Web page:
“I would say he’s probably ready to go,” manager Joe Girardi said of Pirela. “We wanted to get him a few more at-bats when we had that luxury of calling Petit back, and now we’ve got to make a decision of what we want to do.”
In another rehab update, left-hander Chris Capuano pitched four innings with an unearned run for Class-A Tampa on Saturday, marking his first Minor League rehab start as he returns from a Grade 2 right quadriceps strain. Capuano permitted two hits, striking out four without a walk.
Girardi’s take on sitting the sizzling Chris Young in favor of Carlos Beltran, who comes into the night hitting .181 with no homers and eight RBIs:
“It’s difficult. But we believe Carlos is a big part of our offense. Chris had two hits yesterday again, but Carlos had two hits Friday night, too. I hope they get two hits every other day the rest of the year.”
Beltran has four hits in his last 28 at-bats.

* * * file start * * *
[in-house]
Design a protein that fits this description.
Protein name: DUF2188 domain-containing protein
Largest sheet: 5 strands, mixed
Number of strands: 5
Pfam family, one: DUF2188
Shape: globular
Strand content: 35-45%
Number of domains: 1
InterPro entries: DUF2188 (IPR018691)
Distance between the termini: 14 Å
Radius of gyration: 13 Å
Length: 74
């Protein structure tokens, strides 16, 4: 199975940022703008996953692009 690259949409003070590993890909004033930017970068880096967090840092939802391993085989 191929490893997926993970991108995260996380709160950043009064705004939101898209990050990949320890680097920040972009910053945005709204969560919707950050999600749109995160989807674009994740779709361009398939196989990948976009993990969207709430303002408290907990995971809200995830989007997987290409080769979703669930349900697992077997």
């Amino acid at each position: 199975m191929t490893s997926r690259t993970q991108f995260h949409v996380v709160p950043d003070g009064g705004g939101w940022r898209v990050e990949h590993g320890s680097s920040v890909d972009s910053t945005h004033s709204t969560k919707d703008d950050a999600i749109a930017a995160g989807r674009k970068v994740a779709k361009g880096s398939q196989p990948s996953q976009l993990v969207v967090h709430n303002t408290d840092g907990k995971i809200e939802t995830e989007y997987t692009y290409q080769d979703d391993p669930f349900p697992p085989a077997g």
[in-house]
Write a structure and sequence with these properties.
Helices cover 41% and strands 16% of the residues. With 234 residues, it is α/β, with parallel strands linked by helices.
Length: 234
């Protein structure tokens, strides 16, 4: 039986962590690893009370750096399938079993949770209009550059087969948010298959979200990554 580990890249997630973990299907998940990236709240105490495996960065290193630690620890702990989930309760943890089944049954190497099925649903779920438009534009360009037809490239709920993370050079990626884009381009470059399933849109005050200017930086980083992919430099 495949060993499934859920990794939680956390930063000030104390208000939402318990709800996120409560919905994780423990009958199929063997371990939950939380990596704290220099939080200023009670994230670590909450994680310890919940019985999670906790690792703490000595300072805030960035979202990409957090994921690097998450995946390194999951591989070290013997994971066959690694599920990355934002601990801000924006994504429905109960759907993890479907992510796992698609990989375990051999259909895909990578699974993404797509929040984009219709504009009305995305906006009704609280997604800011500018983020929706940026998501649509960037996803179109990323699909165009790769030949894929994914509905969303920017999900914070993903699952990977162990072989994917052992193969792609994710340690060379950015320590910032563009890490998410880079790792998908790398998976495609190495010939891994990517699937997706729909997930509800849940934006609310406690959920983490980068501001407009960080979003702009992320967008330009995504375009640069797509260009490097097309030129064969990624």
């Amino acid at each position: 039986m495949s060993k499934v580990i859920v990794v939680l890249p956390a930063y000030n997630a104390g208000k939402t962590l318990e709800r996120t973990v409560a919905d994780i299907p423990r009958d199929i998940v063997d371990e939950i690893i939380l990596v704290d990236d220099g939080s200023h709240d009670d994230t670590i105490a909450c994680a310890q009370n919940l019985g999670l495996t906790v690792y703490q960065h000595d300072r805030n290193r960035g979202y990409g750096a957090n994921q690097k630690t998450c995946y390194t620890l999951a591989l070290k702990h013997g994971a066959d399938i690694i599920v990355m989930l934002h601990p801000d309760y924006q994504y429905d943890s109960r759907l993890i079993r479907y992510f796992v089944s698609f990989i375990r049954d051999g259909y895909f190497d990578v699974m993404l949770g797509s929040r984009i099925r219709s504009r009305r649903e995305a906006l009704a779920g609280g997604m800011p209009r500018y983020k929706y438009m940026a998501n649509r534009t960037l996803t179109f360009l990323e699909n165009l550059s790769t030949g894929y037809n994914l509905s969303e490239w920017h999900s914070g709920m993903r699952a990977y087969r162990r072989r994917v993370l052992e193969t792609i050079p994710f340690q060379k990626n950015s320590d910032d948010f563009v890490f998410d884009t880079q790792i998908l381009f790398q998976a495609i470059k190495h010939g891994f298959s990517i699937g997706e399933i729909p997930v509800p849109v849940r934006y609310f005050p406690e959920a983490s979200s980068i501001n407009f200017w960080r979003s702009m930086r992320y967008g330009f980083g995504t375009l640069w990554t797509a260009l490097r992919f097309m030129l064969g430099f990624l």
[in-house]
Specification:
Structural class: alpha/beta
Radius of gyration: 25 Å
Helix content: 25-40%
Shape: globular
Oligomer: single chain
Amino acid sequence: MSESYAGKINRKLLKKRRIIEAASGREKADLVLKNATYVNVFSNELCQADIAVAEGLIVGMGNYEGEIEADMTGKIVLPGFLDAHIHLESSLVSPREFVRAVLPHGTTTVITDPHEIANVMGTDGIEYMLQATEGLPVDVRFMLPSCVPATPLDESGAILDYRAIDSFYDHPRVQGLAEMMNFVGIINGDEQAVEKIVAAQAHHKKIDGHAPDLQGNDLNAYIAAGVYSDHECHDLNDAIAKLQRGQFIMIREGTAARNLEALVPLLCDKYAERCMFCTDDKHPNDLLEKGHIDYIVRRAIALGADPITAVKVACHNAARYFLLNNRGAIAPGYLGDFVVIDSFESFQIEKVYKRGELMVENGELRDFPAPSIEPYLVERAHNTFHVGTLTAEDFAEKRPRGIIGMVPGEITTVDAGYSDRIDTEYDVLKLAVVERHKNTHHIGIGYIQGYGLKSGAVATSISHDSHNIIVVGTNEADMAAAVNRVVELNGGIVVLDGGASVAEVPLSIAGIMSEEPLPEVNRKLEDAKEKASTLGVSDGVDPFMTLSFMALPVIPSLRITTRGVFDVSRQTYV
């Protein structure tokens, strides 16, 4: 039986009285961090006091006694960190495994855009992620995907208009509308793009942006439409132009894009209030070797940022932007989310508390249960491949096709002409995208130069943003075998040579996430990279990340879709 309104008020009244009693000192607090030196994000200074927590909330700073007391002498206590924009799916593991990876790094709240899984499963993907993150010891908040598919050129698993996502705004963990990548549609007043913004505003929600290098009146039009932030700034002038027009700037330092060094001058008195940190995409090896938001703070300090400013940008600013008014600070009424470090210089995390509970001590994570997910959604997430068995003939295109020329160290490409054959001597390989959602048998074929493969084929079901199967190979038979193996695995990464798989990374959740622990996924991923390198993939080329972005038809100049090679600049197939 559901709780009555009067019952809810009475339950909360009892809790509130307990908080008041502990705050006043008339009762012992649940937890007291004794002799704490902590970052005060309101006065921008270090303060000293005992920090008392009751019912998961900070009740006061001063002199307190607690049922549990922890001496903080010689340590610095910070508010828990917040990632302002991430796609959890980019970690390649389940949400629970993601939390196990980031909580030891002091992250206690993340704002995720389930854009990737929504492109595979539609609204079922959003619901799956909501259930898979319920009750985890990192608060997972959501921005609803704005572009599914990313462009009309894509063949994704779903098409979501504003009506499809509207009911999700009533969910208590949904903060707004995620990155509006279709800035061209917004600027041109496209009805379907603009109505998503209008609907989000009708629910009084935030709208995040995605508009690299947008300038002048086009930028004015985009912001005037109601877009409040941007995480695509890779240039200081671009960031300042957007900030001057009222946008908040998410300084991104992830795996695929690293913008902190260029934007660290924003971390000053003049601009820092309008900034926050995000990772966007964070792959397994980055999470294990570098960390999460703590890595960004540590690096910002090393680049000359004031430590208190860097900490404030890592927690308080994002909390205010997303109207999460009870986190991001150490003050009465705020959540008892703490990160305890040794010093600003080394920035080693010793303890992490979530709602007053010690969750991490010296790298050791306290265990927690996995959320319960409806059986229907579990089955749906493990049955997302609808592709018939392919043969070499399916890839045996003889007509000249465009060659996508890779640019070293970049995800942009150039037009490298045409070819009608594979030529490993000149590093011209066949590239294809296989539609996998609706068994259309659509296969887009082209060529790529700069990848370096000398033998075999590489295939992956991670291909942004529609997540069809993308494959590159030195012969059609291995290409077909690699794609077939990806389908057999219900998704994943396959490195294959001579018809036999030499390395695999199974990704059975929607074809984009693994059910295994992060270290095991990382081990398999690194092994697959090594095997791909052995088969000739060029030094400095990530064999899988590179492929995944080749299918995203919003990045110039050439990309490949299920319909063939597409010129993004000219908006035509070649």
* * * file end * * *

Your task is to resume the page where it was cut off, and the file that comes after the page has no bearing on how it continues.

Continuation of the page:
Could the Yankees ask more than three outs from Andrew Miller tonight, after Dellin Betances was used in a save situation during Saturday’s matinee?
“I’ll see. I’ll talk to him,” Girardi said. “It’s not something you want to do a lot, but if I felt the situation called for it, and he felt OK, I might consider it.”
David Carpenter seems to have gotten lost in the bullpen shuffle after entering the season as the likely replacement for Shawn Kelley‘s old role. Here’s how Girardi explained that:
“His time is going to come. We know that. The other guys have pitched so well, we’ve kind of went with it. That can go in phases. His time is going to come.’
The Yankees have won twelve out of their past 15 games since starting the season 3-6. They are looking to win their sixth straight road game for the first time since June of 2012 when they won seven straight on the road.